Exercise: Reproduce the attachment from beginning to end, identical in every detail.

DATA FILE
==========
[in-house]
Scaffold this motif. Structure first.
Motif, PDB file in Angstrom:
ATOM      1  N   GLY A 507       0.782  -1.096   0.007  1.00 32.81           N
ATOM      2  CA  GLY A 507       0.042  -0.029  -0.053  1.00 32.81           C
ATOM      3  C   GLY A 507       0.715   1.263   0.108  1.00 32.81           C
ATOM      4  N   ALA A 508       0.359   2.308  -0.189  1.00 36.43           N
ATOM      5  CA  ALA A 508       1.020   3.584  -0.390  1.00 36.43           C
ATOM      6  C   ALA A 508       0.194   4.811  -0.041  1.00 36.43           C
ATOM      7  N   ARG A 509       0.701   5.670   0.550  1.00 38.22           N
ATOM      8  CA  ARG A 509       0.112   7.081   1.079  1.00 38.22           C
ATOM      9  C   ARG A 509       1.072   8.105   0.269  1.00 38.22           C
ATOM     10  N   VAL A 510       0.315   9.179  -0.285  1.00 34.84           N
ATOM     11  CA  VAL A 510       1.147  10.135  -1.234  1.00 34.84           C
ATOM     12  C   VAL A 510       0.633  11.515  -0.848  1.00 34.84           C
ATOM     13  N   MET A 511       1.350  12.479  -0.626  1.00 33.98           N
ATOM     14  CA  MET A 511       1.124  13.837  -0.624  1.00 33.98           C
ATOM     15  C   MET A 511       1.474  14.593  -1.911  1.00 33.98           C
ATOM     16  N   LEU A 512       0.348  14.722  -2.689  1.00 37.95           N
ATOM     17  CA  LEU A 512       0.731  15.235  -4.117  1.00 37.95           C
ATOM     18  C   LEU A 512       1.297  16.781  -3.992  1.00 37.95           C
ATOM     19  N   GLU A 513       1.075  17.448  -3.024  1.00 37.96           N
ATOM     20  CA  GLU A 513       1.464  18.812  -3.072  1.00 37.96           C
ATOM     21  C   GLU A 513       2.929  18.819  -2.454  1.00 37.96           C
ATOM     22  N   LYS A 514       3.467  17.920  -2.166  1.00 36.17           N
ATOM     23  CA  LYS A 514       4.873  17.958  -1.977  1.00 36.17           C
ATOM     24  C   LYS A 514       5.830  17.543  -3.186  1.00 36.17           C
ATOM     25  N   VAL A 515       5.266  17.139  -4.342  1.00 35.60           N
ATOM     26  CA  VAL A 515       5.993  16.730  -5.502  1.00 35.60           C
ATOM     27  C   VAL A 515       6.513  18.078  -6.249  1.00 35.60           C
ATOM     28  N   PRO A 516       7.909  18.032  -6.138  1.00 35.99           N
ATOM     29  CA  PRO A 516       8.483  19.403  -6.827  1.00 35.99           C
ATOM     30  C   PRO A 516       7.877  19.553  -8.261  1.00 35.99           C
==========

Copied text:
[in-house]
Scaffold this motif. Structure first.
Motif, PDB file in Angstrom:
ATOM      1  N   GLY A 507       0.782  -1.096   0.007  1.00 32.81           N
ATOM      2  CA  GLY A 507       0.042  -0.029  -0.053  1.00 32.81           C
ATOM      3  C   GLY A 507       0.715   1.263   0.108  1.00 32.81           C
ATOM      4  N   ALA A 508       0.359   2.308  -0.189  1.00 36.43           N
ATOM      5  CA  ALA A 508       1.020   3.584  -0.390  1.00 36.43           C
ATOM      6  C   ALA A 508       0.194   4.811  -0.041  1.00 36.43           C
ATOM      7  N   ARG A 509       0.701   5.670   0.550  1.00 38.22           N
ATOM      8  CA  ARG A 509       0.112   7.081   1.079  1.00 38.22           C
ATOM      9  C   ARG A 509       1.072   8.105   0.269  1.00 38.22           C
ATOM     10  N   VAL A 510       0.315   9.179  -0.285  1.00 34.84           N
ATOM     11  CA  VAL A 510       1.147  10.135  -1.234  1.00 34.84           C
ATOM     12  C   VAL A 510       0.633  11.515  -0.848  1.00 34.84           C
ATOM     13  N   MET A 511       1.350  12.479  -0.626  1.00 33.98           N
ATOM     14  CA  MET A 511       1.124  13.837  -0.624  1.00 33.98           C
ATOM     15  C   MET A 511       1.474  14.593  -1.911  1.00 33.98           C
ATOM     16  N   LEU A 512       0.348  14.722  -2.689  1.00 37.95           N
ATOM     17  CA  LEU A 512       0.731  15.235  -4.117  1.00 37.95           C
ATOM     18  C   LEU A 512       1.297  16.781  -3.992  1.00 37.95           C
ATOM     19  N   GLU A 513       1.075  17.448  -3.024  1.00 37.96           N
ATOM     20  CA  GLU A 513       1.464  18.812  -3.072  1.00 37.96           C
ATOM     21  C   GLU A 513       2.929  18.819  -2.454  1.00 37.96           C
ATOM     22  N   LYS A 514       3.467  17.920  -2.166  1.00 36.17           N
ATOM     23  CA  LYS A 514       4.873  17.958  -1.977  1.00 36.17           C
ATOM     24  C   LYS A 514       5.830  17.543  -3.186  1.00 36.17           C
ATOM     25  N   VAL A 515       5.266  17.139  -4.342  1.00 35.60           N
ATOM     26  CA  VAL A 515       5.993  16.730  -5.502  1.00 35.60           C
ATOM     27  C   VAL A 515       6.513  18.078  -6.249  1.00 35.60           C
ATOM     28  N   PRO A 516       7.909  18.032  -6.138  1.00 35.99           N
ATOM     29  CA  PRO A 516       8.483  19.403  -6.827  1.00 35.99           C
ATOM     30  C   PRO A 516       7.877  19.553  -8.261  1.00 35.99           C